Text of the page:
The standard genetic code is quite easily identified since member codons within an aggregate are invariant under mutations as they code for the same amino acid. It is not as clear, however, why the most significant amino acid aggregation is given by {*A, T*}, {*I, M, V *}, {*E, D*} and {*K, R*}--one of many other possible ways to group together amino acids. One may hypothesize that the aggregated dynamics of codon substitutions provide information about the origin of the genetic code. There are several theories aiming to address the fundamental question on how the code came to be. See Ref. [15] for a comprehensive comparison. With the exception of the *frozen accident *theory by Crick [40], these theories couple the evolution of the genetic code primarily with physico-chemical properties of the amino acids or evolved biosynthetic pathways. Woese [9], specifically, suggested that the code has evolved by a process of ambiguity reduction. The idea is that a crude primordial version of the code, where groups of codons code for groups of amino acids with resembling properties, evolved into the code's current state by a series of refinements. One may ask if amino acid groups reflect earlier versions of the code. Riddle et al. [41] experimentally searched for a minimum set of amino acids capable of forming complex protein folds. They found that the five amino acids *A*, *G*, *I*, *E *and *K *(underlined in Figure Figure3)3) are capable of forming most of the ancient SH3 protein domain. Consider again the most significant amino acid aggregation and note that *A*, *I*, *E *and *K *are all members of separate aggregates and that *G *forms its own aggregate. One could speculate that the aggregates reflect group codons in an earlier version of the code, and that these groups were specialized into present day codons. It is an intriguing hypothesis that is also partly supported by Jiménez-Montaño's hypothesis on the evolutionary history of the code [14]. In the proposed evolutionary tree, which is based on group theory and the thermodynamics of codon-anticodon interactions, amino acids within aggregates {*A, T*}, {*I, M, V*} and {*E, D*} share the same branches up till the two last reassignment of codons, although *K *and *R *are separated earlier than that (four reassignments). However, these observations remain speculative and clearly a more careful analysis would be required in order to conclusively relate acquired aggregates to the evolution of the standard genetic code and its deviates.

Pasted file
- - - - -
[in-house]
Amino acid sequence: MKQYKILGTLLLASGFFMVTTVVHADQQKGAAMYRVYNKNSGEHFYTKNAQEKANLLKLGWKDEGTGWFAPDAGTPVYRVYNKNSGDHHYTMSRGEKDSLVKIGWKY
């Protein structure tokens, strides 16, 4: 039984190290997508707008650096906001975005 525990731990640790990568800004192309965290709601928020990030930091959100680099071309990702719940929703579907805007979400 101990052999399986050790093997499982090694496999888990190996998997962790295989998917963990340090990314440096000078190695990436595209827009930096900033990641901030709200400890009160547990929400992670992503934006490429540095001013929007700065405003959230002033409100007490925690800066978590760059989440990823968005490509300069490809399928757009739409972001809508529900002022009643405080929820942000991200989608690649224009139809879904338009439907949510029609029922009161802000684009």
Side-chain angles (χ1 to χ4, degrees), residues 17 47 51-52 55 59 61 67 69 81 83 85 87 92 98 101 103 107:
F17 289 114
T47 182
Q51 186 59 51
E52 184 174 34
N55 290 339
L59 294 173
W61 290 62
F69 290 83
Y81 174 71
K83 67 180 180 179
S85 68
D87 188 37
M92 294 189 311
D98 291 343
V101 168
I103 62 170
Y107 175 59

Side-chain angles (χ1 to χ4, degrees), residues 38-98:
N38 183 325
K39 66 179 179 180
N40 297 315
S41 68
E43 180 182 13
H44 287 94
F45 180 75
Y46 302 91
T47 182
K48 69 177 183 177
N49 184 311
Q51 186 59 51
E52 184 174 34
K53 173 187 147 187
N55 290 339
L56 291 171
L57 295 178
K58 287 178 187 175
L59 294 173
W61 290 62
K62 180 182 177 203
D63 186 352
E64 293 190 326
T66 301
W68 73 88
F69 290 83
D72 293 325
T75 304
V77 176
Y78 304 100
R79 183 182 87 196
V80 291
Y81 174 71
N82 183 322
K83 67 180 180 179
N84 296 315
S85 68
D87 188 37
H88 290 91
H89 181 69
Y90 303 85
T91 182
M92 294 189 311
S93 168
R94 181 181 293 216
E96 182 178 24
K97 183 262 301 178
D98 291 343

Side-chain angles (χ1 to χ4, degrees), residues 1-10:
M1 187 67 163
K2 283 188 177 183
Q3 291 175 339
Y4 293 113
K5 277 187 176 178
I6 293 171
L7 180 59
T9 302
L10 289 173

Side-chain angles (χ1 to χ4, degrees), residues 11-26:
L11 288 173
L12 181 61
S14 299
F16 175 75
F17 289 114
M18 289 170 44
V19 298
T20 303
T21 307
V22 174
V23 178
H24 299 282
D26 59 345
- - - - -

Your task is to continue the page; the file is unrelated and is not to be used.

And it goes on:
We have employed two techniques to identify multiple levels of substitution dynamics. The techniques only consider the raw dynamics of the system and are therefore independent of system dependent assumptions that may be irrelevant or even false. The techniques therefore manage to blindly identify the amino substitution process via the standard genetic code, as well as higher order substitution dynamics via amino acid groups. The techniques are not limited to the codon substitution process, but may be applied to systems that are specified by a state space and a transition matrix. This is a very broad class of systems that for instance include networks (where vertices constitute the state space, and where the transition matrix is defined by the network Lagrangian). The techniques may therefore be used to identify hierarchical dynamics in seemingly very different biological systems, such as protein interaction networks, genetic regulatory networks, metabolic pathways and food webs. Identifying the hierarchical structure of a system does not only increase our understanding of the system, especially if the levels are intuitively difficult to grasp, but it also enables effective coarse graining in simulations. As soon as one hierarchical level is identified, details of lower levels can be discarded if they are not of relevance when simulating the system at the new level. Due to the increasing size and complexity of current models that owe to the rapid growth of available biological data, such reductions are of particular value.

OG conceived of the study. OG and MNJ designed and implemented the algorithms, performed the computational experiments, analyzed the results, wrote the paper, and read and approved the final manuscript.

This work was funded in part by the EU integrated project FP6-IST-FET PACE, by EU FP6-NEST project EMBIO, and by EU STREP project FP6-IST-STREP MORPHEX. The authors thank Rickard Sandberg for helpful discussions, and the anonymous reviewers for their valuable comments.